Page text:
Teach This Poem, though developed with a classroom in mind, can be easily adapted for remote-learning, hybrid-learning models, or in-person classes. Please see our suggestions for how to adapt this lesson for remote or blended learning. We have also noted suggestions when applicable and will continue to add to these suggestions online.

Featured Poem

Related Resource

Look closely at the image of a sunset.

Classroom Activities

The following activities and questions are designed to help your students use their noticing skills to move through the poem and develop their thinking skills so they understand its meaning with confidence, using what they’ve noticed as evidence for their interpretations. Read more about the framework upon which these activities are based.

  1. Warm-Up: Look closely at this image of a sunset. What stands out to you in this image? Why? Imagine that this image is the front of a postcard. Write a few lines that you would add to the back if you were sending the postcard to a friend.
  2. Before Reading the Poem: What do you think of the phrase “haven of calm”? Who or what is your “haven of calm”? Why? Share your answer and your postcard writing with a partner or small group. 
  3. Reading the Poem: Silently read the poem “June Sunset” by Sarojini Naidu. What do you notice about the poem? Note any words or phrases that stand out to you or any questions you might have.
  4. Listening to the Poem: Enlist two volunteers, listen as the poem is read aloud twice, and write down any additional words and phrases that stand out to you. Or, listen to the poem by clicking the audio icon at the top right corner of the poem.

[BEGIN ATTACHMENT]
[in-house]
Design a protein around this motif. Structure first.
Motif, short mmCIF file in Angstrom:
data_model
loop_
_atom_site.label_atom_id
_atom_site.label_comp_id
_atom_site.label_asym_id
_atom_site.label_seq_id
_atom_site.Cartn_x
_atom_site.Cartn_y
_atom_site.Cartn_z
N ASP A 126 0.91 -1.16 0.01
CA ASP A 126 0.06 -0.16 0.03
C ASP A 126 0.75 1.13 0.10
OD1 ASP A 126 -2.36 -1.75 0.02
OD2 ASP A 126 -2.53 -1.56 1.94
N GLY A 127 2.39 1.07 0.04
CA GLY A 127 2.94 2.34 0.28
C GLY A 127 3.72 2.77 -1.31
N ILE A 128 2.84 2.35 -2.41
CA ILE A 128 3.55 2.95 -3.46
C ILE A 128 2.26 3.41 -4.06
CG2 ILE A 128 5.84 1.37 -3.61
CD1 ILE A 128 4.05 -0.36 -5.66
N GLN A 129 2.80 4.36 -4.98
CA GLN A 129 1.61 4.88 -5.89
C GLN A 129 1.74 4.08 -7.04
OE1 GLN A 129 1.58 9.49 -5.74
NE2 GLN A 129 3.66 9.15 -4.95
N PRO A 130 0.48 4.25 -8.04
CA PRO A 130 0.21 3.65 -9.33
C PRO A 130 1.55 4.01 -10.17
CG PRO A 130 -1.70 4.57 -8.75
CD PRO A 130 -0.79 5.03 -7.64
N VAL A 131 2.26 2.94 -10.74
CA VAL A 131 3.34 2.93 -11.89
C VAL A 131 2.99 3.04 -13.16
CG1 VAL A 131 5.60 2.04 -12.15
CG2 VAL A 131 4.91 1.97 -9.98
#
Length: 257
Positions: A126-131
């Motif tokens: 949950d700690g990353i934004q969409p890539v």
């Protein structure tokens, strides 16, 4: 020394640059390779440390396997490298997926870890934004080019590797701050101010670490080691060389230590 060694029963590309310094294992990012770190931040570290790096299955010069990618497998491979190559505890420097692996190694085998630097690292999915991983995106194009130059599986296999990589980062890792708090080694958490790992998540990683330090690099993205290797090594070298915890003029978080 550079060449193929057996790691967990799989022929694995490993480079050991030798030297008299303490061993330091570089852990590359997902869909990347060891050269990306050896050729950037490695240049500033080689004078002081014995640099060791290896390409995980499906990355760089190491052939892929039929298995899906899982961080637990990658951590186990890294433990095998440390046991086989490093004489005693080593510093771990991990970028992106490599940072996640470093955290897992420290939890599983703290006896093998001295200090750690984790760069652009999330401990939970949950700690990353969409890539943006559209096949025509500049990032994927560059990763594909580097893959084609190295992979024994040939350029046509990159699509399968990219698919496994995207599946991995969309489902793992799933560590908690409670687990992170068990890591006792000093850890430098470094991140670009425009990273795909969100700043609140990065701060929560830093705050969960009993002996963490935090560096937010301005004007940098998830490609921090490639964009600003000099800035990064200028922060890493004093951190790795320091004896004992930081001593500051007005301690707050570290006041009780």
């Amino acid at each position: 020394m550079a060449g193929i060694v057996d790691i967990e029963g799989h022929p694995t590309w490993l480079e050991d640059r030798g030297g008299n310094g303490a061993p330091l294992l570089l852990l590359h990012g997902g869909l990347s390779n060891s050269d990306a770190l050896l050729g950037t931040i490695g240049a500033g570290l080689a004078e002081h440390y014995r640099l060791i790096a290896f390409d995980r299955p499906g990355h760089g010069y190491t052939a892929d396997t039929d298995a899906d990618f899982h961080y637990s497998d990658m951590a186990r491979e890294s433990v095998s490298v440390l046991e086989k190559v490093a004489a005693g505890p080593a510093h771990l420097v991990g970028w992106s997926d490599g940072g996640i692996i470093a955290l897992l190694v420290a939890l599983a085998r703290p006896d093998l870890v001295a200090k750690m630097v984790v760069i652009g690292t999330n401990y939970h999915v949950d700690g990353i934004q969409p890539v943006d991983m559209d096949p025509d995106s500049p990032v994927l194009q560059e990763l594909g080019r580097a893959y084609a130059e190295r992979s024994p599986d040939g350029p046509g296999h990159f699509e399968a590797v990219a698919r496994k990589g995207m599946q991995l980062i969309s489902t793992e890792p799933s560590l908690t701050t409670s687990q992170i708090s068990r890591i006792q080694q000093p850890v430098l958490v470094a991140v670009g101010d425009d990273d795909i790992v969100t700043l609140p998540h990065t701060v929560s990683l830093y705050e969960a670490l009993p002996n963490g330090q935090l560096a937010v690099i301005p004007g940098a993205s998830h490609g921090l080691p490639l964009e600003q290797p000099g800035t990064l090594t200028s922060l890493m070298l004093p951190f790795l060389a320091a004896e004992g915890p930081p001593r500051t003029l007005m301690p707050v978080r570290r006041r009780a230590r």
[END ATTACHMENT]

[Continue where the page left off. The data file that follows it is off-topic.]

5. Small-group Discussion: Share what you noticed about the poem with a small group. How does it connect to the photograph from the beginning of class? What images in the poem stand out to you? Why? Have you ever seen a sunset or a sunrise? What does a sunset represent to you? Why?
  6. Whole-class Discussion: How might you describe this poem and/or the speaker to someone else? Why? Read this definition of the poetic term pastoral. Do you think that this poem is a pastoral poem? Why or why not? 
  7. Extension for Grades 7-8: The last line of the poem is “To herald a rising moon.” What do you think happens next? Write a poem about it, or write a poem about a person or place that is your safe haven. Share your writing with the class. 
  8. Extension for Grades 9-12: Read more pastoral poems or nature poems. Choose a poem and write a paragraph or essay comparing and contrasting this poem to “June Sunset.” Share your writing with the class. 
More Context for Teachers

From poets.org on the history of the pastoral tradition: “The pastoral tradition can be traced back to Hesiod, a Greek oral poet active between 750 and 650 BC, roughly the same time as Homer. His most famous poem, Works and Days, is part farmer’s almanac and part didactic exploration of the nature of human labor.” You can read more about the history of pastoral poetry here

Poetry Glossary

Pastoral: referring to a creative tradition as well as individual work idealizing rural life and landscapes. Read more.